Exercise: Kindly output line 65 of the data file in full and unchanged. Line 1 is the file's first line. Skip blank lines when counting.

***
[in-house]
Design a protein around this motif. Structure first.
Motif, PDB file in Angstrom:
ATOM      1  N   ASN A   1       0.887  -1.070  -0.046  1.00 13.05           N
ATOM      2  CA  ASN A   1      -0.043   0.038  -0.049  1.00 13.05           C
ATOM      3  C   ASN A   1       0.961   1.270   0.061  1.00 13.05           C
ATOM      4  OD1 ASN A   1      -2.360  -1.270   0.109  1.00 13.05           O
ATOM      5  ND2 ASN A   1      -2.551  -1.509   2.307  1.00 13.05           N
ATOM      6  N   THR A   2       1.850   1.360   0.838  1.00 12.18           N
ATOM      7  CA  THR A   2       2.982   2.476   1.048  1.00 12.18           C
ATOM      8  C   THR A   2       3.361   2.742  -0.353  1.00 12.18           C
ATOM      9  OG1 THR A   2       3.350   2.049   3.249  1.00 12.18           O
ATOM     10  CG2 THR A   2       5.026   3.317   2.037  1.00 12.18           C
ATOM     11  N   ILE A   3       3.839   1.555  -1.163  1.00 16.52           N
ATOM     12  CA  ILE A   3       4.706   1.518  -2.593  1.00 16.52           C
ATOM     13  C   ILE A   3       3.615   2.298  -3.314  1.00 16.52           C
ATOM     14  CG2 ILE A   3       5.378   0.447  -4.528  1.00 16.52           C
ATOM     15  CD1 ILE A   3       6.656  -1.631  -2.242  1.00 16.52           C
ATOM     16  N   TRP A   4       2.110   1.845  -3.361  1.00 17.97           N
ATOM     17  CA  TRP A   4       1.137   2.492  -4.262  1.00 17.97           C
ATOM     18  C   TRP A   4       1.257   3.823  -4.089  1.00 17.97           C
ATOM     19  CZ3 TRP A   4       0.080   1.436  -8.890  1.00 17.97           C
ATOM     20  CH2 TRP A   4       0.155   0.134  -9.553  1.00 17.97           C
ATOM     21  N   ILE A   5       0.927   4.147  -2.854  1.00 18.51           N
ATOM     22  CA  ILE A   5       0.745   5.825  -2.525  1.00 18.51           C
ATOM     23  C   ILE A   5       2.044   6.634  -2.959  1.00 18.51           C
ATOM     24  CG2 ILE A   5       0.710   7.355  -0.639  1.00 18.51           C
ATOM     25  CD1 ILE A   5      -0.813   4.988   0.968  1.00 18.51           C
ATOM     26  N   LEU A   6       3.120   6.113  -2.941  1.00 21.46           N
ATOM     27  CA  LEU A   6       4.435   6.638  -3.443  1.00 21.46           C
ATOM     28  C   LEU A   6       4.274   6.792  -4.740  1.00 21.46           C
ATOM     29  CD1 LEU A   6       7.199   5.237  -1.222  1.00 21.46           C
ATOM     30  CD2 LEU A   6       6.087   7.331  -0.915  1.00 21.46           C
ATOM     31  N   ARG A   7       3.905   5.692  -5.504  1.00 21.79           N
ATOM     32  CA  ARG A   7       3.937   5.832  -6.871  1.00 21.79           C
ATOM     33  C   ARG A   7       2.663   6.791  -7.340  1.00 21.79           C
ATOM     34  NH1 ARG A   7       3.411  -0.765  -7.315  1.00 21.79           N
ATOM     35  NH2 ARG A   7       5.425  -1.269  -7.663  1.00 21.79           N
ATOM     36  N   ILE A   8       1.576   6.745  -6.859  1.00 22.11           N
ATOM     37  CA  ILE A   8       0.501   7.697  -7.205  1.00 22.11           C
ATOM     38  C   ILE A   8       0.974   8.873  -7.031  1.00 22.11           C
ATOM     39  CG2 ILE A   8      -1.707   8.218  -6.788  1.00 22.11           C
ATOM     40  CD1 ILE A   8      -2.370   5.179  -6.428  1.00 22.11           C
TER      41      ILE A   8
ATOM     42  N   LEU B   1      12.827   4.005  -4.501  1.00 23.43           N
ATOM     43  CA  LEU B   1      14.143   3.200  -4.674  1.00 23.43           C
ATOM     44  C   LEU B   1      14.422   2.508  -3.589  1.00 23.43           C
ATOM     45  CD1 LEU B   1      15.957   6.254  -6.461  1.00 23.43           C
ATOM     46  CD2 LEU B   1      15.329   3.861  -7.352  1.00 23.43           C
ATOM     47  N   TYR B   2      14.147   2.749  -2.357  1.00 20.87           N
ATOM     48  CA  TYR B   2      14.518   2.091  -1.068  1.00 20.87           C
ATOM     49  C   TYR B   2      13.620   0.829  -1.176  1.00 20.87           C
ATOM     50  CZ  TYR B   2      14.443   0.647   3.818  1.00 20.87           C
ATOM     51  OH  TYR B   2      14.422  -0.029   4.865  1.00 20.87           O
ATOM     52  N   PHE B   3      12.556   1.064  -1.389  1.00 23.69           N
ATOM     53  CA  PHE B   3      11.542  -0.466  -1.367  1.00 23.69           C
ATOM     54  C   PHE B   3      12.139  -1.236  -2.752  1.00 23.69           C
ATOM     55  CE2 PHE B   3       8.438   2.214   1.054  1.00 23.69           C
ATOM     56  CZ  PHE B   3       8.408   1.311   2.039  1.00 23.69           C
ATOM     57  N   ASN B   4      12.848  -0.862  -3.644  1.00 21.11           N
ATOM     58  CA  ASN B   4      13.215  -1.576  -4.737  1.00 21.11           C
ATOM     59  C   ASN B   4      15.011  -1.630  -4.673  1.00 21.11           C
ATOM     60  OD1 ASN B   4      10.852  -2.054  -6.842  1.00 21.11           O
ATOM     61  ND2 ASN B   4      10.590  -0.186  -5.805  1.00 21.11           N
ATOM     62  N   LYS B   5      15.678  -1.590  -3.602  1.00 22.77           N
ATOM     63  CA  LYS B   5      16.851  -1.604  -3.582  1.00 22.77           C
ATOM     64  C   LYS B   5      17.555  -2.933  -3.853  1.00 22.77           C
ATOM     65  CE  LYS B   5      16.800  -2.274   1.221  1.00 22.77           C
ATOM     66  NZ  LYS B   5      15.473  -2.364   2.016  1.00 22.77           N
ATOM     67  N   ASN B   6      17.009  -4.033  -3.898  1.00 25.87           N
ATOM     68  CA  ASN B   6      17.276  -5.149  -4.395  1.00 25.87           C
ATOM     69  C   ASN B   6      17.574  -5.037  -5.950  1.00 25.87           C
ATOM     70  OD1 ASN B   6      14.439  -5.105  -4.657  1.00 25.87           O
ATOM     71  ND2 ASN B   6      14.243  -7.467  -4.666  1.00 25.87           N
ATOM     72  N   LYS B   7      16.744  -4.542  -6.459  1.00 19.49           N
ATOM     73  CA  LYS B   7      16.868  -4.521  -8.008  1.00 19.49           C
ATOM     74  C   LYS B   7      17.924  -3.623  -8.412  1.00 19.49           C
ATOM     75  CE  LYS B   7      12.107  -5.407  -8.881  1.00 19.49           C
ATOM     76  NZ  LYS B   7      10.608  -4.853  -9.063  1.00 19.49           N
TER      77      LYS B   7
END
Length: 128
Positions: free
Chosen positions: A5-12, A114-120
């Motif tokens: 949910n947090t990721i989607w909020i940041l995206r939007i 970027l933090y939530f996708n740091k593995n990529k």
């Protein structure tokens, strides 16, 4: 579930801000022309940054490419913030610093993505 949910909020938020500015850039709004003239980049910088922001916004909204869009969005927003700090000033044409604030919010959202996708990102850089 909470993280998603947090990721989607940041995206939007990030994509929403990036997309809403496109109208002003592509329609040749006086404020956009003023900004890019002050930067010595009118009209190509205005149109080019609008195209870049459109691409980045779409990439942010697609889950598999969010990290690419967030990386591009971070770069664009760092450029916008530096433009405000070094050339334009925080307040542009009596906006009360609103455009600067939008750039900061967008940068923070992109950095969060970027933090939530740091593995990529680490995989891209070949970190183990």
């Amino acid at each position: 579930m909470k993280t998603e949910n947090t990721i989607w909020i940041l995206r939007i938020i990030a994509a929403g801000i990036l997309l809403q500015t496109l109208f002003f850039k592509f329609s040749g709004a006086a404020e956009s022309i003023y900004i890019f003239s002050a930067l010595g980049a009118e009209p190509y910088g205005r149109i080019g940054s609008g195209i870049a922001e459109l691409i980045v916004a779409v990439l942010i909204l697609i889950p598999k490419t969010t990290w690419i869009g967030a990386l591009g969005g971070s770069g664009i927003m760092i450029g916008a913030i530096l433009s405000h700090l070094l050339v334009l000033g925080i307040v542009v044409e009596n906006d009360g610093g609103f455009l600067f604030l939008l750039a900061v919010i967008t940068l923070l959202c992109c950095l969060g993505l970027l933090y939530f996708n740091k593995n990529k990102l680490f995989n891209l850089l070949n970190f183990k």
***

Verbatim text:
ATOM     62  N   LYS B   5      15.678  -1.590  -3.602  1.00 22.77           N